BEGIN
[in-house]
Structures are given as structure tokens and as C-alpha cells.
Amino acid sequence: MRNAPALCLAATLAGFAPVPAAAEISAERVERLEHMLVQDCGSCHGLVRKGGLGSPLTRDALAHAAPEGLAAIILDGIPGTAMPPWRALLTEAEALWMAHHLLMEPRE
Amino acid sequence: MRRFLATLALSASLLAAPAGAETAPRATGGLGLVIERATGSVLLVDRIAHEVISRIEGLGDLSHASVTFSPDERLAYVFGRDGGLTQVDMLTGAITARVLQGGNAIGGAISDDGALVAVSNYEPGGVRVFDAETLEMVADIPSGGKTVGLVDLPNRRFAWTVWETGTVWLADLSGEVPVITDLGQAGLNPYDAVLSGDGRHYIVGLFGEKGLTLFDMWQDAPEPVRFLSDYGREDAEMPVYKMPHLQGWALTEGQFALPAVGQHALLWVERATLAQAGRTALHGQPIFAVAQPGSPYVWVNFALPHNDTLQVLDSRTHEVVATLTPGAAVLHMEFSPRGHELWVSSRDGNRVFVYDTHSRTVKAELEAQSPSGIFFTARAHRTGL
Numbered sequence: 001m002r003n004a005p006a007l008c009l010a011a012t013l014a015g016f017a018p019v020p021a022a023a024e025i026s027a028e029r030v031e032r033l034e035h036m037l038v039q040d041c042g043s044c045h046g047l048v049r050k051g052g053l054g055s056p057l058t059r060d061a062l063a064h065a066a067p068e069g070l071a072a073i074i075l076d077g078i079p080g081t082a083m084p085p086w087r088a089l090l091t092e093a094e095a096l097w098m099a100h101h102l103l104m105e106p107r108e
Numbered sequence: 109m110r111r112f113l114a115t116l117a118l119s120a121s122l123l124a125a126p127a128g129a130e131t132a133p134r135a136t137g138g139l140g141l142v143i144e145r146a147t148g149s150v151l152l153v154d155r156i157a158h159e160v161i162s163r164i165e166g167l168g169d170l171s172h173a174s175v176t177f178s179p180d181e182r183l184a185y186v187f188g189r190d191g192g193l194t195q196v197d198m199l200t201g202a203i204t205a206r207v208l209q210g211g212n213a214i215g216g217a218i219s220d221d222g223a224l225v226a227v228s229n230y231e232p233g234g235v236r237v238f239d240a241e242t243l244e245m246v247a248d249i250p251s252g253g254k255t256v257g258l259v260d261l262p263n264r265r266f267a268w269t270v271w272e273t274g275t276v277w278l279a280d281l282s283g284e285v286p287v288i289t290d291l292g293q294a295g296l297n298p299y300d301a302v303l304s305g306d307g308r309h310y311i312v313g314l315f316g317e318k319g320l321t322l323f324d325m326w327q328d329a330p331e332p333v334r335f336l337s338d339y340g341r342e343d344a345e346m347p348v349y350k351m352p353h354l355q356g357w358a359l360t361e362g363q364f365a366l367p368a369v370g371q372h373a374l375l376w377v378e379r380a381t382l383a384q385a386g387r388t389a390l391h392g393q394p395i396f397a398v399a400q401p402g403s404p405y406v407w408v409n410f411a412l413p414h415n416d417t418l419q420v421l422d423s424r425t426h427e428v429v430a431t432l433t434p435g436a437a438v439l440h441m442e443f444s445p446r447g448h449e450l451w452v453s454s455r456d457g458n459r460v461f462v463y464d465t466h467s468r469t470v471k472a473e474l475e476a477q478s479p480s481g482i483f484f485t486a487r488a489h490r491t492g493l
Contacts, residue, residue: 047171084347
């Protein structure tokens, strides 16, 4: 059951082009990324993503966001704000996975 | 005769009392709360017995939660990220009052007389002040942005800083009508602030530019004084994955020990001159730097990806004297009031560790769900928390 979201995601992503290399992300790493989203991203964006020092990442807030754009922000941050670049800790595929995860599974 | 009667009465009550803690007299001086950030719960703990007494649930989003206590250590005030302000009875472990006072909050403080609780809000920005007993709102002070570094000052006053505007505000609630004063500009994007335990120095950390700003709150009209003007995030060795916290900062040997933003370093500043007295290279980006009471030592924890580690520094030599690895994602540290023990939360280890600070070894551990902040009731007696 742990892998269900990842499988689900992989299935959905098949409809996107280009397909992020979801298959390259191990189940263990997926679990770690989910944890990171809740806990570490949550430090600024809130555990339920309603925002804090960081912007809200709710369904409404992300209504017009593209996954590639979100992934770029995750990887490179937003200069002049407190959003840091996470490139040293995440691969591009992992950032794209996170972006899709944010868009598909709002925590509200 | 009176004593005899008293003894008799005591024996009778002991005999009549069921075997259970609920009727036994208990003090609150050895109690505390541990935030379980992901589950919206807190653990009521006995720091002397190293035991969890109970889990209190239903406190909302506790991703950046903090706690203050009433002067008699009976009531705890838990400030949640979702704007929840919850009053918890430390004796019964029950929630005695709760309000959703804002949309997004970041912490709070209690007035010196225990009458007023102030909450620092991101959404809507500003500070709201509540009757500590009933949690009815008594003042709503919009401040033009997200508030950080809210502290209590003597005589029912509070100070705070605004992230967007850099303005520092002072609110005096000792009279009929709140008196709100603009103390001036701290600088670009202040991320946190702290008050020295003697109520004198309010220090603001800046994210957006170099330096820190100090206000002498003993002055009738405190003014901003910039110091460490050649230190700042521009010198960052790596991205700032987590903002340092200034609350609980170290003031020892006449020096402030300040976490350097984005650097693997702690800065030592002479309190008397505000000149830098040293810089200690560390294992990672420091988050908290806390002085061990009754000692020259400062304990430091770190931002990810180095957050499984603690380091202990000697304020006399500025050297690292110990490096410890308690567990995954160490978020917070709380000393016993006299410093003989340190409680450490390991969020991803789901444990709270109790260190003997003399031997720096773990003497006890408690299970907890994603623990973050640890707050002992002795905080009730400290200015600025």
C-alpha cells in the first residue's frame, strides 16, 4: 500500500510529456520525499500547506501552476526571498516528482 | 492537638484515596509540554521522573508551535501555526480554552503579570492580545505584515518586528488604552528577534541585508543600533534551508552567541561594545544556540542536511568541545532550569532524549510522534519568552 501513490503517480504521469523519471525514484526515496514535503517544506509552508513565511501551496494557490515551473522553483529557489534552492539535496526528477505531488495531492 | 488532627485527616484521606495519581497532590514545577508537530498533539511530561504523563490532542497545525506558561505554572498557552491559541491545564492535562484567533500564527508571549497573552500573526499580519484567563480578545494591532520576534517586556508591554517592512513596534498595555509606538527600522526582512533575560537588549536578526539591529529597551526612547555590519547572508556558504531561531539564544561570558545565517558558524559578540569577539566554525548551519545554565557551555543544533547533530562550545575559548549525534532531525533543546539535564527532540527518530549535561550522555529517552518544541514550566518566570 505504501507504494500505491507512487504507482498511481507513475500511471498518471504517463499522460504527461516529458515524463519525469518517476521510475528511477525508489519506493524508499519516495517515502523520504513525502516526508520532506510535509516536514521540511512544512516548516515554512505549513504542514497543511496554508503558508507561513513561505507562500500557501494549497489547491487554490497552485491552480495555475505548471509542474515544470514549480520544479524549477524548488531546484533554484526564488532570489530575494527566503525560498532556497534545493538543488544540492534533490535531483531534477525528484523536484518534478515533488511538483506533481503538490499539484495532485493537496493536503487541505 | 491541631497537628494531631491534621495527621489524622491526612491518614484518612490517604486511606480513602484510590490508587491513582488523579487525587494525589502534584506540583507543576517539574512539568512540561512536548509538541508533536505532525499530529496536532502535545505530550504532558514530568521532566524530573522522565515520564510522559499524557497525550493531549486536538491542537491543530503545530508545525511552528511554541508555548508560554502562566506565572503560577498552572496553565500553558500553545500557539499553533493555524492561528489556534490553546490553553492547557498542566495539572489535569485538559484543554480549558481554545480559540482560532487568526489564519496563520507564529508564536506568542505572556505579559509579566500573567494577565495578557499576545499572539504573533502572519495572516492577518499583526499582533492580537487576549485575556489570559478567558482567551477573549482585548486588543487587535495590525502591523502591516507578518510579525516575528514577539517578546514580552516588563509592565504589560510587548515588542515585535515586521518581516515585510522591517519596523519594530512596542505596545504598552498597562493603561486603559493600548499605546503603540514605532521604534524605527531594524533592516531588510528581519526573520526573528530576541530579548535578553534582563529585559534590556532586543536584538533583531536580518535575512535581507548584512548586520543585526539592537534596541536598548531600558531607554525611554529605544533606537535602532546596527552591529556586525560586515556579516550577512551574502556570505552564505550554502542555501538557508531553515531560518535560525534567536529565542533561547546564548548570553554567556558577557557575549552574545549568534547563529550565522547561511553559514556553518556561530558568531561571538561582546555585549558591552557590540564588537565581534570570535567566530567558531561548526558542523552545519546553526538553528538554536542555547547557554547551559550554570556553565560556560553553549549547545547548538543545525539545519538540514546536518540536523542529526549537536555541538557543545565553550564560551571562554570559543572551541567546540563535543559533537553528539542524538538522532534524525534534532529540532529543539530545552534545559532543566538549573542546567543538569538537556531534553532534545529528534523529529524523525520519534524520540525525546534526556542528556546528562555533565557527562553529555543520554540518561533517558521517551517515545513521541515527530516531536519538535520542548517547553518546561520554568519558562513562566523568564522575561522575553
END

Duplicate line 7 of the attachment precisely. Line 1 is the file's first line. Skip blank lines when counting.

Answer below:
Contacts, residue, residue: 047171084347